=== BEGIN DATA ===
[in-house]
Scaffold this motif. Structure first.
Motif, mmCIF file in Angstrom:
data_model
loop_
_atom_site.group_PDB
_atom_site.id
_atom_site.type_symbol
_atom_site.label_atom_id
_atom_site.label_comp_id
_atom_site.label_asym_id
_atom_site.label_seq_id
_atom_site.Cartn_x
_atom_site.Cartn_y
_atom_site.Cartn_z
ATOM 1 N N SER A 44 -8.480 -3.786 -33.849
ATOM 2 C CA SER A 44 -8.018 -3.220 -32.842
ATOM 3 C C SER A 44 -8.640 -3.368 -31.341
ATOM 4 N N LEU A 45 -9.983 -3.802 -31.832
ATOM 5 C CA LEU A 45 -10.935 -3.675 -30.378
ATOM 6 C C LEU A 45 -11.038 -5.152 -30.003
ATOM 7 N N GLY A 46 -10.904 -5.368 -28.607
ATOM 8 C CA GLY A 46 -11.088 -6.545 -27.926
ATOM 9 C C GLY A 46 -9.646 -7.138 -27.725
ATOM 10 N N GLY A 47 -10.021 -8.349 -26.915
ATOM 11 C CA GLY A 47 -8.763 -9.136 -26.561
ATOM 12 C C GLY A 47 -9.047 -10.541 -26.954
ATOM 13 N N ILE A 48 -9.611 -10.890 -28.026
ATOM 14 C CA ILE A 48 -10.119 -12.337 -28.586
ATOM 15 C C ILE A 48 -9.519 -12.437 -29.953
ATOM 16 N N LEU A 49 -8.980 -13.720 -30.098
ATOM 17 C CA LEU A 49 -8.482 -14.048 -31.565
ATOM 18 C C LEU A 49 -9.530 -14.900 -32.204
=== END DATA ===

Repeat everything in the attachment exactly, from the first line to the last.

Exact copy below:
[in-house]
Scaffold this motif. Structure first.
Motif, mmCIF file in Angstrom:
data_model
loop_
_atom_site.group_PDB
_atom_site.id
_atom_site.type_symbol
_atom_site.label_atom_id
_atom_site.label_comp_id
_atom_site.label_asym_id
_atom_site.label_seq_id
_atom_site.Cartn_x
_atom_site.Cartn_y
_atom_site.Cartn_z
ATOM 1 N N SER A 44 -8.480 -3.786 -33.849
ATOM 2 C CA SER A 44 -8.018 -3.220 -32.842
ATOM 3 C C SER A 44 -8.640 -3.368 -31.341
ATOM 4 N N LEU A 45 -9.983 -3.802 -31.832
ATOM 5 C CA LEU A 45 -10.935 -3.675 -30.378
ATOM 6 C C LEU A 45 -11.038 -5.152 -30.003
ATOM 7 N N GLY A 46 -10.904 -5.368 -28.607
ATOM 8 C CA GLY A 46 -11.088 -6.545 -27.926
ATOM 9 C C GLY A 46 -9.646 -7.138 -27.725
ATOM 10 N N GLY A 47 -10.021 -8.349 -26.915
ATOM 11 C CA GLY A 47 -8.763 -9.136 -26.561
ATOM 12 C C GLY A 47 -9.047 -10.541 -26.954
ATOM 13 N N ILE A 48 -9.611 -10.890 -28.026
ATOM 14 C CA ILE A 48 -10.119 -12.337 -28.586
ATOM 15 C C ILE A 48 -9.519 -12.437 -29.953
ATOM 16 N N LEU A 49 -8.980 -13.720 -30.098
ATOM 17 C CA LEU A 49 -8.482 -14.048 -31.565
ATOM 18 C C LEU A 49 -9.530 -14.900 -32.204